Black History Month & the importance of mentors.

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*PLEASE NOTE A CHANGE IN DATE**: We will hold the Journal Club discussion on Friday, 24 February to accommodate the AAAS conference. Although we recommend amplifying the voices of your colleagues of color at the conference! Tweet their talks at us under #DiversityJC!

You can subscribe to our newsletter and follow us on Twitter, @Diversity_JC

 

For our February Diversity Journal Club, we wanted to pick a topic that allowed us to celebrate Black History Month – so in our case, black scientists in STEM fields.

You know, a regular complaint about Black History Month is the question, “well, where’s white history month?”

 

The answer, of course, is white history month is every other month of the year.

 

This is made clear when we think about the history of science we teach ourselves, and the role models we use to demonstrate who contributes most to the advancement of science. Overwhelmingly, we focus on white scientists of European descent. Every month is white history month.

 

Downplaying and downright ignoring black scientists has repercussions. It is hard to overstate the importance of role models and mentors. In being able to see people like you doing the job you aspire to. That people like you belong there and you will be valued in that career. This is one way we can increase inclusion in science – by having diverse role models.

For this Black History Month Diversity Journal Club, we’ll be looking at research that demonstrates black science students are more likely to stay in science if they have at least one black professor (the work is also discussed by Inside Higher Ed). We also encourage you to read about the importance of mentors for minority students (some examples here and here).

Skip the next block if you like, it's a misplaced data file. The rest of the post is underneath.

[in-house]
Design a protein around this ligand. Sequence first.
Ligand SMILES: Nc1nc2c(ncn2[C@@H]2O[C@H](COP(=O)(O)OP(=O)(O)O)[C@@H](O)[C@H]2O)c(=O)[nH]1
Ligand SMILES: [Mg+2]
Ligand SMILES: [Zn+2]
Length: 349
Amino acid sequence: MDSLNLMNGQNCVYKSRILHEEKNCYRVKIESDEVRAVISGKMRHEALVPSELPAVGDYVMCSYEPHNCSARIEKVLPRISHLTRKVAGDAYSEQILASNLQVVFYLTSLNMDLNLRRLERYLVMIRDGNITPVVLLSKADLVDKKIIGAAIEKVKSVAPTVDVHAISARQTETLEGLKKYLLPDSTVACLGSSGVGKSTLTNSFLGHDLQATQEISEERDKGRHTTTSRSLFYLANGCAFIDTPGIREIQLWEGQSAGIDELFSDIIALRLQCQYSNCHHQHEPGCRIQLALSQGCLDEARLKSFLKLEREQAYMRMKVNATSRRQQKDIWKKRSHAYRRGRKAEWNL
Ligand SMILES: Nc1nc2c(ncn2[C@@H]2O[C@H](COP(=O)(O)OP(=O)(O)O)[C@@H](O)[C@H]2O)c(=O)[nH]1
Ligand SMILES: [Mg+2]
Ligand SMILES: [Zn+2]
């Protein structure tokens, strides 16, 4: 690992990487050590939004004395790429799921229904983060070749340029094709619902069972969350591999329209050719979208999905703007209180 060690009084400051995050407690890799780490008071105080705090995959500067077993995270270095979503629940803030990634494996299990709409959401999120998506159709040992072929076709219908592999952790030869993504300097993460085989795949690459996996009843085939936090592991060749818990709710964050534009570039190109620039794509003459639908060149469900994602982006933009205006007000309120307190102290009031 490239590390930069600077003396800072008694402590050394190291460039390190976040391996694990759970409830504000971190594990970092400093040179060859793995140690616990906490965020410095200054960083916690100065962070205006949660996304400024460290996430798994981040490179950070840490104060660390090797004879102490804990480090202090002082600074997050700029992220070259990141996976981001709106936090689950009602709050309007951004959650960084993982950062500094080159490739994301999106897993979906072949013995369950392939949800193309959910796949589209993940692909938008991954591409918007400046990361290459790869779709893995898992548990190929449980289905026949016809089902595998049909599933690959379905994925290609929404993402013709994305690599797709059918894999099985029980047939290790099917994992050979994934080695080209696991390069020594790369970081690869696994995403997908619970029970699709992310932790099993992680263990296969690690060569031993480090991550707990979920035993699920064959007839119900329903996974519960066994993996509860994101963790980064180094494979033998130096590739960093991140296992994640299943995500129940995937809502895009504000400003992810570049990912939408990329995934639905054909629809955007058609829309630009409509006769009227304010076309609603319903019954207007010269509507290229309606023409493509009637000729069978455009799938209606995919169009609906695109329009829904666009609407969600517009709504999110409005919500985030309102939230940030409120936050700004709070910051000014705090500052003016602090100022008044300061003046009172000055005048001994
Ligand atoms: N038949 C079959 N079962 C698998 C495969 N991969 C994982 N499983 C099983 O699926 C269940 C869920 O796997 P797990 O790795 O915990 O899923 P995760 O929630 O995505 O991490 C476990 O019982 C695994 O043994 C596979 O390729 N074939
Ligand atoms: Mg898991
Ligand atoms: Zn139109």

Please join us to discuss this research and the importance of mentors who look like you, as well as celebrating and sharing the stories of black scientists that serve as role models for all of us.

 

See you Friday, 24 February at 2pm Eastern time!

Emily (@DrEmilySKlein)
Ian (@IHStreet)
Doctor PMS (@Doctor_PMS)

Addressing Entrenched Beliefs: Recap.

In our January Diversity Journal Club, we discussed addressing entrenched beliefs.

While the article discussed talked about the how misconceptions are embraced, spread, and held onto, there have been a few other useful stories out there to look at. One is here:

Biochem Belle shared this post by Hilda Bastian that is also relevant:

Another is this interview with George Lakoff, about making sure any counter-messaging isn’t reinforcing misinformation, the “don’t think of an elephant” principle. It’s about creating a new frame, one that reinforces a narrative of inclusion, science, protections, and public goods.